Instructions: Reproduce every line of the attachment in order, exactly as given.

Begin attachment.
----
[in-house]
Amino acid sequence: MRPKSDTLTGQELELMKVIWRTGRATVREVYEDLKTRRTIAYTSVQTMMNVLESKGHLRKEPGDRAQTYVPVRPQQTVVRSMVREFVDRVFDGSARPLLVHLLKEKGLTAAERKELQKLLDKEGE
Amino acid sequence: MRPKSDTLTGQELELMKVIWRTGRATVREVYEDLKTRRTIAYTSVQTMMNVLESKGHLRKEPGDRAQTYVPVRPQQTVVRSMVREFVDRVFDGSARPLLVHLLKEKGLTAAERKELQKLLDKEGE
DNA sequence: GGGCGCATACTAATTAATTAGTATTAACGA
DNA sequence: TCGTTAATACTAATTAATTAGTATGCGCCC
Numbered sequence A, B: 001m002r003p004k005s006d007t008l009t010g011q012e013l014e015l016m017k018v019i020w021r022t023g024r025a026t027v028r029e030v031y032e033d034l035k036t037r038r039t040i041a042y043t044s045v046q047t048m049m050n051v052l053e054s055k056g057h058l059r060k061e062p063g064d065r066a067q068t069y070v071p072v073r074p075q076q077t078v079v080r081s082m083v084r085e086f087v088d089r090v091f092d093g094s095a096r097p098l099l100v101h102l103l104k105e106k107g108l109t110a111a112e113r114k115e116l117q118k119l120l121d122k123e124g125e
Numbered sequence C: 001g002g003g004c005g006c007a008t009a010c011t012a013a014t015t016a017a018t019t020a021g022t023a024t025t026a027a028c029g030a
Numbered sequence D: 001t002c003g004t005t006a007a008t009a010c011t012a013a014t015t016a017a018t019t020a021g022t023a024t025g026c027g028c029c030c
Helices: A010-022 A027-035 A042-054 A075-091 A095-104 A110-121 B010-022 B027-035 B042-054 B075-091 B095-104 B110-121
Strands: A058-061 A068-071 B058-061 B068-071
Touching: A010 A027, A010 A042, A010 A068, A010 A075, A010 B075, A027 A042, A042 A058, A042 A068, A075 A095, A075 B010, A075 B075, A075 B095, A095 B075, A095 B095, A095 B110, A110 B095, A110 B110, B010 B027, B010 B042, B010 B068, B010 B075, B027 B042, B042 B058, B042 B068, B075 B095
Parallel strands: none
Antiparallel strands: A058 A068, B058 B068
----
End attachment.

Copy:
[in-house]
Amino acid sequence: MRPKSDTLTGQELELMKVIWRTGRATVREVYEDLKTRRTIAYTSVQTMMNVLESKGHLRKEPGDRAQTYVPVRPQQTVVRSMVREFVDRVFDGSARPLLVHLLKEKGLTAAERKELQKLLDKEGE
Amino acid sequence: MRPKSDTLTGQELELMKVIWRTGRATVREVYEDLKTRRTIAYTSVQTMMNVLESKGHLRKEPGDRAQTYVPVRPQQTVVRSMVREFVDRVFDGSARPLLVHLLKEKGLTAAERKELQKLLDKEGE
DNA sequence: GGGCGCATACTAATTAATTAGTATTAACGA
DNA sequence: TCGTTAATACTAATTAATTAGTATGCGCCC
Numbered sequence A, B: 001m002r003p004k005s006d007t008l009t010g011q012e013l014e015l016m017k018v019i020w021r022t023g024r025a026t027v028r029e030v031y032e033d034l035k036t037r038r039t040i041a042y043t044s045v046q047t048m049m050n051v052l053e054s055k056g057h058l059r060k061e062p063g064d065r066a067q068t069y070v071p072v073r074p075q076q077t078v079v080r081s082m083v084r085e086f087v088d089r090v091f092d093g094s095a096r097p098l099l100v101h102l103l104k105e106k107g108l109t110a111a112e113r114k115e116l117q118k119l120l121d122k123e124g125e
Numbered sequence C: 001g002g003g004c005g006c007a008t009a010c011t012a013a014t015t016a017a018t019t020a021g022t023a024t025t026a027a028c029g030a
Numbered sequence D: 001t002c003g004t005t006a007a008t009a010c011t012a013a014t015t016a017a018t019t020a021g022t023a024t025g026c027g028c029c030c
Helices: A010-022 A027-035 A042-054 A075-091 A095-104 A110-121 B010-022 B027-035 B042-054 B075-091 B095-104 B110-121
Strands: A058-061 A068-071 B058-061 B068-071
Touching: A010 A027, A010 A042, A010 A068, A010 A075, A010 B075, A027 A042, A042 A058, A042 A068, A075 A095, A075 B010, A075 B075, A075 B095, A095 B075, A095 B095, A095 B110, A110 B095, A110 B110, B010 B027, B010 B042, B010 B068, B010 B075, B027 B042, B042 B058, B042 B068, B075 B095
Parallel strands: none
Antiparallel strands: A058 A068, B058 B068